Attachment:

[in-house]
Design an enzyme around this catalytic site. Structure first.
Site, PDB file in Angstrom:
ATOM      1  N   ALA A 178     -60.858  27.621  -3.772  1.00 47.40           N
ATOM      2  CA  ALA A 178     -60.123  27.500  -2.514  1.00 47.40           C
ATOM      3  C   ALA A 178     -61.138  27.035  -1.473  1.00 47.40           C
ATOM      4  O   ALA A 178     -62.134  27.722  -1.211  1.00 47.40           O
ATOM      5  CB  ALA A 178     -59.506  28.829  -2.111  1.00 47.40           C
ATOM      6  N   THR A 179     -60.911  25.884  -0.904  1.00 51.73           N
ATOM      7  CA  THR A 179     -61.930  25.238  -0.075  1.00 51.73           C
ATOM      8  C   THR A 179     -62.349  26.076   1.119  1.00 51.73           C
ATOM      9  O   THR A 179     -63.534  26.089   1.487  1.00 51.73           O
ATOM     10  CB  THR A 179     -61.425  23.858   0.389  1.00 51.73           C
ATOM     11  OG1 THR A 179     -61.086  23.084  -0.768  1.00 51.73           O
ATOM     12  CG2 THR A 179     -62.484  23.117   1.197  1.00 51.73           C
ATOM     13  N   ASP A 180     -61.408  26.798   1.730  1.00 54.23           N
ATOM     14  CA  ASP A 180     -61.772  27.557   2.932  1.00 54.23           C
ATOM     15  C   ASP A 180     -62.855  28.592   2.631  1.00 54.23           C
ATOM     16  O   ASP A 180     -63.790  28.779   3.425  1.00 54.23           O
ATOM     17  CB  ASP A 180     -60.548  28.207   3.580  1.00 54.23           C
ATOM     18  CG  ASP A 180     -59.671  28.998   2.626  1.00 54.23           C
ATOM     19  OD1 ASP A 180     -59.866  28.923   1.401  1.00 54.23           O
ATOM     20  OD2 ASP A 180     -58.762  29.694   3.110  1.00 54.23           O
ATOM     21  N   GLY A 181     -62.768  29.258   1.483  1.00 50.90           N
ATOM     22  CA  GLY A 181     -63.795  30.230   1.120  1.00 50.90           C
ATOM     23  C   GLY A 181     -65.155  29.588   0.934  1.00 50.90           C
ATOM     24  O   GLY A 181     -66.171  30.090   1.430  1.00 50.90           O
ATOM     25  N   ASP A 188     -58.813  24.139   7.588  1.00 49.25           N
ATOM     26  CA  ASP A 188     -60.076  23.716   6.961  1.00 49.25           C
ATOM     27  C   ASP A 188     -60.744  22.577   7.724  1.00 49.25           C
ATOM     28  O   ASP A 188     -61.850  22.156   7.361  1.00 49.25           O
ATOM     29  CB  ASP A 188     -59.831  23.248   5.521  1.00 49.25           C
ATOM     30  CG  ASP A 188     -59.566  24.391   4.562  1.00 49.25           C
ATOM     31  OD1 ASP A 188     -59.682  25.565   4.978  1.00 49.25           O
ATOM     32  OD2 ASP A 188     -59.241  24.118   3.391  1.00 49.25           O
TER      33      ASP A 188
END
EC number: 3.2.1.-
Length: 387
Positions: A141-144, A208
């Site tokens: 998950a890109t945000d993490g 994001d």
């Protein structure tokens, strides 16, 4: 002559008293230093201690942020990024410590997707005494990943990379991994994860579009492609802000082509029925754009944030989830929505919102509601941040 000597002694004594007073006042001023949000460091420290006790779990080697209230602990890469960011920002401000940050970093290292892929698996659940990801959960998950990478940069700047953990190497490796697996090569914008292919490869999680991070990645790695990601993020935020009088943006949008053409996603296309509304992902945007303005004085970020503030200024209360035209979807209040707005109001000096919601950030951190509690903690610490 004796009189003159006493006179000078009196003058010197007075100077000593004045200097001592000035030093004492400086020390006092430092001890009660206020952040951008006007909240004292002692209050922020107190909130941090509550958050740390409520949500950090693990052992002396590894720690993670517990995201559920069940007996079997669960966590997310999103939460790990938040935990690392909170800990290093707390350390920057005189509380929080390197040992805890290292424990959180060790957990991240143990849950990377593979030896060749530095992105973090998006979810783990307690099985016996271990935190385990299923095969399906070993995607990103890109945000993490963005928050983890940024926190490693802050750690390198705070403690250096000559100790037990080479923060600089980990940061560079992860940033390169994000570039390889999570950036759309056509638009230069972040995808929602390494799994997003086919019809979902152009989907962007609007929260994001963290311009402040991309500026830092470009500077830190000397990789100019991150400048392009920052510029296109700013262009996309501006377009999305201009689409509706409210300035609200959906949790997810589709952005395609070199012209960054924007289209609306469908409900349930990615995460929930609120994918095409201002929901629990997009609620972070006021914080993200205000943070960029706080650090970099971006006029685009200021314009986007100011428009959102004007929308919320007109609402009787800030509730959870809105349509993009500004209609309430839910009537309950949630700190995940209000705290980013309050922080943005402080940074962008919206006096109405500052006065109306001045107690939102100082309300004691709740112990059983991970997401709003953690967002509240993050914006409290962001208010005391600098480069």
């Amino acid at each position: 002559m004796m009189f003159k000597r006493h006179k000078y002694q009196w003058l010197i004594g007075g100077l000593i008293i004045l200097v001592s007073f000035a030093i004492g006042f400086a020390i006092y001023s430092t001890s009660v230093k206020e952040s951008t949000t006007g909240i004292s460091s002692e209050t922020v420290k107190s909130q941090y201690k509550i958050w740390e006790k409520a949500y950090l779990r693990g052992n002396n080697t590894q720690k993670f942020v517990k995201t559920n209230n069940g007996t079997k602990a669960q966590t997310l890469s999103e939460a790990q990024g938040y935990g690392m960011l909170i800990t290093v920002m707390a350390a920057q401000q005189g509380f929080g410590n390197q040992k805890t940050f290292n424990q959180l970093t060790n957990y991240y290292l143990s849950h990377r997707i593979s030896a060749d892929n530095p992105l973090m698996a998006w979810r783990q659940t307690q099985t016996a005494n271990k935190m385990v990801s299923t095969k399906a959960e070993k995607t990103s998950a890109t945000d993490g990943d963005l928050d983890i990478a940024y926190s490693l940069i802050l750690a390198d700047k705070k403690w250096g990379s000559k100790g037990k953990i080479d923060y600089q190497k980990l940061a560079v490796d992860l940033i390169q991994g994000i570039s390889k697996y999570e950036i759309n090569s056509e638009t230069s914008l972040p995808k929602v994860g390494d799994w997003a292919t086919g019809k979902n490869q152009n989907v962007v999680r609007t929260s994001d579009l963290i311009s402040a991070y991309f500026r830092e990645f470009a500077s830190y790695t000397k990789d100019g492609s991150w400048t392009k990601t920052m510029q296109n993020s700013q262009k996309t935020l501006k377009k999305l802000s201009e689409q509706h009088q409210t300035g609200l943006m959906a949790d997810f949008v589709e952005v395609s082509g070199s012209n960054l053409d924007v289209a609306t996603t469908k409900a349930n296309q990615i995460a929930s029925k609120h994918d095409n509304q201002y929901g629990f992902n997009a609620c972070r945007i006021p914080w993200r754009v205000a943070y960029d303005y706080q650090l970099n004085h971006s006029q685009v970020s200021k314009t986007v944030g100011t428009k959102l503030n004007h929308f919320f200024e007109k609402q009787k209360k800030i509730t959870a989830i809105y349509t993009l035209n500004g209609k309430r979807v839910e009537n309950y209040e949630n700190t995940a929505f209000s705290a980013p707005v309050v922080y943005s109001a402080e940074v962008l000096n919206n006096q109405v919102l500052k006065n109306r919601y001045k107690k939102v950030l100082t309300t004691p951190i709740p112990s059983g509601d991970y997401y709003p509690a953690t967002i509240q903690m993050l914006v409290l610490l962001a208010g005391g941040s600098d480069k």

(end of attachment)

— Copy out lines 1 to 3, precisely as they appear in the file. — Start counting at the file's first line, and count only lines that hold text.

[in-house]
Design an enzyme around this catalytic site. Structure first.
Site, PDB file in Angstrom: